12k Records Profiled

Source: Bandcamp Daily.

In 1997, Taylor Deupree, frustrated by his own experiences with record labels as an artist, penned 12 principles that would become the pillars of 12k, a New York-based label that has lasted over 20 years. The 12 principles are straight-forward and testimonial, and you can hear each of them play out in each of 100-plus releases on 12k, from artists like Ryuichi Sakamoto, Simon Scott of Slowdive and Marcus Fischer.

12k releases are carefully made, often glacially paced, and full of crackling textures and minute details—Deupree also runs a mastering business, 12k Mastering—and are musically bound together by principles like “Evolve constantly, but slowly,” and “Don’t tell listeners what they want to hear, let them discover that for themselves.” The releases are quiet, sometimes in a traditionally ambient manner, sometimes neoclassical, sometimes neither.

Dark Ambient Label Cryo Chamber Profiled

Source: Bandcamp Daily.

“I have a quite visual relationship with music, and I tend to close my eyes when listening,” says Simon Heath. “When I listen to black metal, it takes me to abandoned castles and deep northern forests where I can visualize every cracked stone or broken twig. When listening to techno, I visualise the bass pulsating through interdimensional space. I don’t love music for just the sounds. Sounds are just a means to help transport me somewhere interesting beyond the mundane.”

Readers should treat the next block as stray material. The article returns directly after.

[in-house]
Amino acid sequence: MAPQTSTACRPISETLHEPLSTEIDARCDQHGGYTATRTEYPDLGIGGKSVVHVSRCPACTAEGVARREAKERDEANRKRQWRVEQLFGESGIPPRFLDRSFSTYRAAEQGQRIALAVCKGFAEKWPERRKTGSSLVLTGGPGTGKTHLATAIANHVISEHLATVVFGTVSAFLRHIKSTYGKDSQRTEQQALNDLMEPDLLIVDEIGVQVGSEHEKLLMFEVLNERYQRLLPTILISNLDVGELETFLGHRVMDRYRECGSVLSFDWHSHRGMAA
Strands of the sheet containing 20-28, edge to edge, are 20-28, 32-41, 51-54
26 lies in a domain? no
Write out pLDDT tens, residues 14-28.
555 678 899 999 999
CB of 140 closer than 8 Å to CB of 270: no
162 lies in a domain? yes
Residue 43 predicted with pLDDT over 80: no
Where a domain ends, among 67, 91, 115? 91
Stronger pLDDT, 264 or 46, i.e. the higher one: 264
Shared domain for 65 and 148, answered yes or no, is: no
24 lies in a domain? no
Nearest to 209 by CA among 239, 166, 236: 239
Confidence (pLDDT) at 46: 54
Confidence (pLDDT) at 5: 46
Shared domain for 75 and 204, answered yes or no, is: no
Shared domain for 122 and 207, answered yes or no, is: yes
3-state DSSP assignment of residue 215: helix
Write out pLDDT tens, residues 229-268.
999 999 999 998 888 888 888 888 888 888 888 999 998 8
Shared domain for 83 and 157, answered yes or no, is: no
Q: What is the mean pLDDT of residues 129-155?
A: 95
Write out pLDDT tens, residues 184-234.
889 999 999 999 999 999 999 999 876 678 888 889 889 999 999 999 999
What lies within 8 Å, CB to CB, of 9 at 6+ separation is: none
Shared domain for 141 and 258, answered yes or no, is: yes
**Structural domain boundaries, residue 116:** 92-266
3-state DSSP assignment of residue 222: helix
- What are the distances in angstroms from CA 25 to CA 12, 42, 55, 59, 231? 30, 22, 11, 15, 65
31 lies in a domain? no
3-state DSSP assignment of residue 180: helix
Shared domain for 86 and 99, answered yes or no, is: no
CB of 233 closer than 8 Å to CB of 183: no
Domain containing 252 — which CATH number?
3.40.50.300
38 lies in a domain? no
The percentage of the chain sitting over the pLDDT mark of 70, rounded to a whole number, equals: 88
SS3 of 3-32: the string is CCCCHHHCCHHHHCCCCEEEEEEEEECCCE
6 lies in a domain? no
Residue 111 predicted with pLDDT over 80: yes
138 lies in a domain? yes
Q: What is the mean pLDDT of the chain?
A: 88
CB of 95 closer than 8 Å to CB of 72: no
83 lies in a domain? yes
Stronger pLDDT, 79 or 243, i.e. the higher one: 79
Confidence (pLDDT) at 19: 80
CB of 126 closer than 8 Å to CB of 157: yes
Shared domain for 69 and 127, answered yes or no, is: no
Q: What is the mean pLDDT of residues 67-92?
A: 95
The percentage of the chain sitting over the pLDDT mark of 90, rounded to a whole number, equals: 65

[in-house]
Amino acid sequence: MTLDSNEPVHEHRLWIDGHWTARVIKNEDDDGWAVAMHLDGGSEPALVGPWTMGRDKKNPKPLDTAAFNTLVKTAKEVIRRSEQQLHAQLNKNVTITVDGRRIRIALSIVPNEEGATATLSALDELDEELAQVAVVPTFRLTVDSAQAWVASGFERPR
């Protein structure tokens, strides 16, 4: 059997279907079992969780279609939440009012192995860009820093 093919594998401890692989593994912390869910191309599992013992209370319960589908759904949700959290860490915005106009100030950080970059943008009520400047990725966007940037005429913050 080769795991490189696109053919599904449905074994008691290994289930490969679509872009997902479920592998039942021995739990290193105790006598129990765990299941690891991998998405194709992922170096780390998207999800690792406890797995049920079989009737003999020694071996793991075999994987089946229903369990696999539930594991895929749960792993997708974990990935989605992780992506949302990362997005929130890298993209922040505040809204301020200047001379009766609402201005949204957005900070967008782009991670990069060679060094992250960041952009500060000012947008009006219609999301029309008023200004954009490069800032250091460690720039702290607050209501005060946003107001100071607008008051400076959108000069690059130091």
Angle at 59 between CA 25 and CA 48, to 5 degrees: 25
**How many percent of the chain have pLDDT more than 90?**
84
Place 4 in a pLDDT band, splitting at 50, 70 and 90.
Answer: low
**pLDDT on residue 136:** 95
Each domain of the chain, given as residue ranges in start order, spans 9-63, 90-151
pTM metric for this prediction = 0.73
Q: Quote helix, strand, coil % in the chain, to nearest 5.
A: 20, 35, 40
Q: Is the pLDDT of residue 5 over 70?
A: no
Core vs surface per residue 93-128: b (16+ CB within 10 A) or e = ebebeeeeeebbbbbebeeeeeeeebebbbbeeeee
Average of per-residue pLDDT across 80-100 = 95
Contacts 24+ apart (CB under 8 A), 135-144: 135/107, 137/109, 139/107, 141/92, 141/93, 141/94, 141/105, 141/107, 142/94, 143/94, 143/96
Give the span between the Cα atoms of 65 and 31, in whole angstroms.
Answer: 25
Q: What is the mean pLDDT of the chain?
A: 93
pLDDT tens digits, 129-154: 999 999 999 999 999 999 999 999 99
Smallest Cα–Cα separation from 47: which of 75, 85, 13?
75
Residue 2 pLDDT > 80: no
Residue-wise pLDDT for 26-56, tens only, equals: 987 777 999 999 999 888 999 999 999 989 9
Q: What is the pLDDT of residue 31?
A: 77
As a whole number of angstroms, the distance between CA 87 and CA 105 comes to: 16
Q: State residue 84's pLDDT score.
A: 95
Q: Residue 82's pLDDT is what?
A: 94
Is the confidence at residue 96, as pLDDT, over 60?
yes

Heath makes music under a few guises—including Atrium Carceri, Sabled Sun, and Krusseldorf—and since 2012, he’s been the proprietor of the dark ambient label Cryo Chamber. But the idea that sound can create a rich, detailed space in the imagination is one that has inspired him since his earliest creative excursions.

The Intakt Label Profiled

Source: Bandcamp Daily.

Over the course of the label’s 30-year history, Landolt has cultivated relationships with notable artists in America and Europe. One such artist is Cuban pianist and composer Aruán Ortiz, who puts it, “It is incredible how iconic figures of avant-garde jazz such as Anthony Braxton, Cecil Taylor, Andrew Cyrille, Oliver Lake, Reggie Workman, Aki Takase, Evan Parker, and others co-habit [on the label] with the names of young and adventurous musicians from Europe and the U.S. that are having an impact, such as Kris Davis, Ingrid Laubrock, Tim Berne, Sylvie Courvoisier, Jim Black, and Alexander Hawkins.”

Astral Spirits Label Profiled

Source: Bandcamp Daily. Great label with an incredible set of releases.